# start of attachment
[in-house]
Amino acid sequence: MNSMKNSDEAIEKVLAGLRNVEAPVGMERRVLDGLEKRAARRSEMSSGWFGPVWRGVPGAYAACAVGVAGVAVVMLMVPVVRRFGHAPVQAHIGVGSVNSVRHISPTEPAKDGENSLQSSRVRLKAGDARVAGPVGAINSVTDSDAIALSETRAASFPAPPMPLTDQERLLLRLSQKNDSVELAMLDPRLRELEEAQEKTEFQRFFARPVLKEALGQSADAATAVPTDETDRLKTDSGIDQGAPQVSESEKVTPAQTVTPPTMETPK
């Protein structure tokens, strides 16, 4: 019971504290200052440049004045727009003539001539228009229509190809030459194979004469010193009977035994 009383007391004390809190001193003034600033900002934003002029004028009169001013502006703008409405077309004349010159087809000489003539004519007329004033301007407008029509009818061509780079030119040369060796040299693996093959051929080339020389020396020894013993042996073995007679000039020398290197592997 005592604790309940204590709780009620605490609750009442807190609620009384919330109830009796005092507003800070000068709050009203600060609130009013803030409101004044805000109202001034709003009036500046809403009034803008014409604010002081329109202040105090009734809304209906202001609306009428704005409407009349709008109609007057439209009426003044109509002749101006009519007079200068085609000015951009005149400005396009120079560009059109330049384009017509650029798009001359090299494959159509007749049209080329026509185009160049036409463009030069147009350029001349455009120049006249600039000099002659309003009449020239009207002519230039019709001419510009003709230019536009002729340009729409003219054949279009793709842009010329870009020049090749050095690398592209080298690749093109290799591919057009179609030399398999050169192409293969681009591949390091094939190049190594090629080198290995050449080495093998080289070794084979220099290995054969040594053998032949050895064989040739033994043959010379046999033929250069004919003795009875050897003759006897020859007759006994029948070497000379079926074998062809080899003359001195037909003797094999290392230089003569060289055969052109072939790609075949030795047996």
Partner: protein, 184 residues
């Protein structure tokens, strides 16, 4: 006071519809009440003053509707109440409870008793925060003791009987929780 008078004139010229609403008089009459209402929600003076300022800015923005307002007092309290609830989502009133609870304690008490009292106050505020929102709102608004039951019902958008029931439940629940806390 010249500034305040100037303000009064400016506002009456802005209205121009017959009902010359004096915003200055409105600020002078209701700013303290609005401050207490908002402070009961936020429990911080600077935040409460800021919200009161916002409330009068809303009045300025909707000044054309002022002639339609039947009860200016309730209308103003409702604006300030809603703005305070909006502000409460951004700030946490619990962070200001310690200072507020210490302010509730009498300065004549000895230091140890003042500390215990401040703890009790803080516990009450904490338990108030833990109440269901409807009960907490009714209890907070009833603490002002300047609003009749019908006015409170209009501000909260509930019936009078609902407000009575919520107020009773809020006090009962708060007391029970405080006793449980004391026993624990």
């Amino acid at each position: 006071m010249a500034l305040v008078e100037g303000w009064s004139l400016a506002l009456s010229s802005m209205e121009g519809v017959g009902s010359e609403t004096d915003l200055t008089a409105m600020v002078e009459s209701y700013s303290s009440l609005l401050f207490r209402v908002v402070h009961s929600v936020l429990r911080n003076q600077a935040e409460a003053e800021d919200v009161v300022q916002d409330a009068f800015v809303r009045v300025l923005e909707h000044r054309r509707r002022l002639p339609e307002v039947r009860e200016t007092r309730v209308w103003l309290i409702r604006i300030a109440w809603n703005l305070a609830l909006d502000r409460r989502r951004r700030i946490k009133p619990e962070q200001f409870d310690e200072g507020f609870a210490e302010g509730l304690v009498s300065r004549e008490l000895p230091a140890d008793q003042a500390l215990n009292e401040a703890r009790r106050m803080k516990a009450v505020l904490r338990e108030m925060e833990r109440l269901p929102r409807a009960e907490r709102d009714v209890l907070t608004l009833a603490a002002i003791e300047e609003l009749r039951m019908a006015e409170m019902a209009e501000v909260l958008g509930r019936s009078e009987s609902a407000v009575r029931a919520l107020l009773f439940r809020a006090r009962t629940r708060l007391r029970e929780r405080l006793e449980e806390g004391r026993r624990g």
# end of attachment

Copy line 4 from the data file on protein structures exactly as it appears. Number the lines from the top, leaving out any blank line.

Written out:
Partner: protein, 184 residues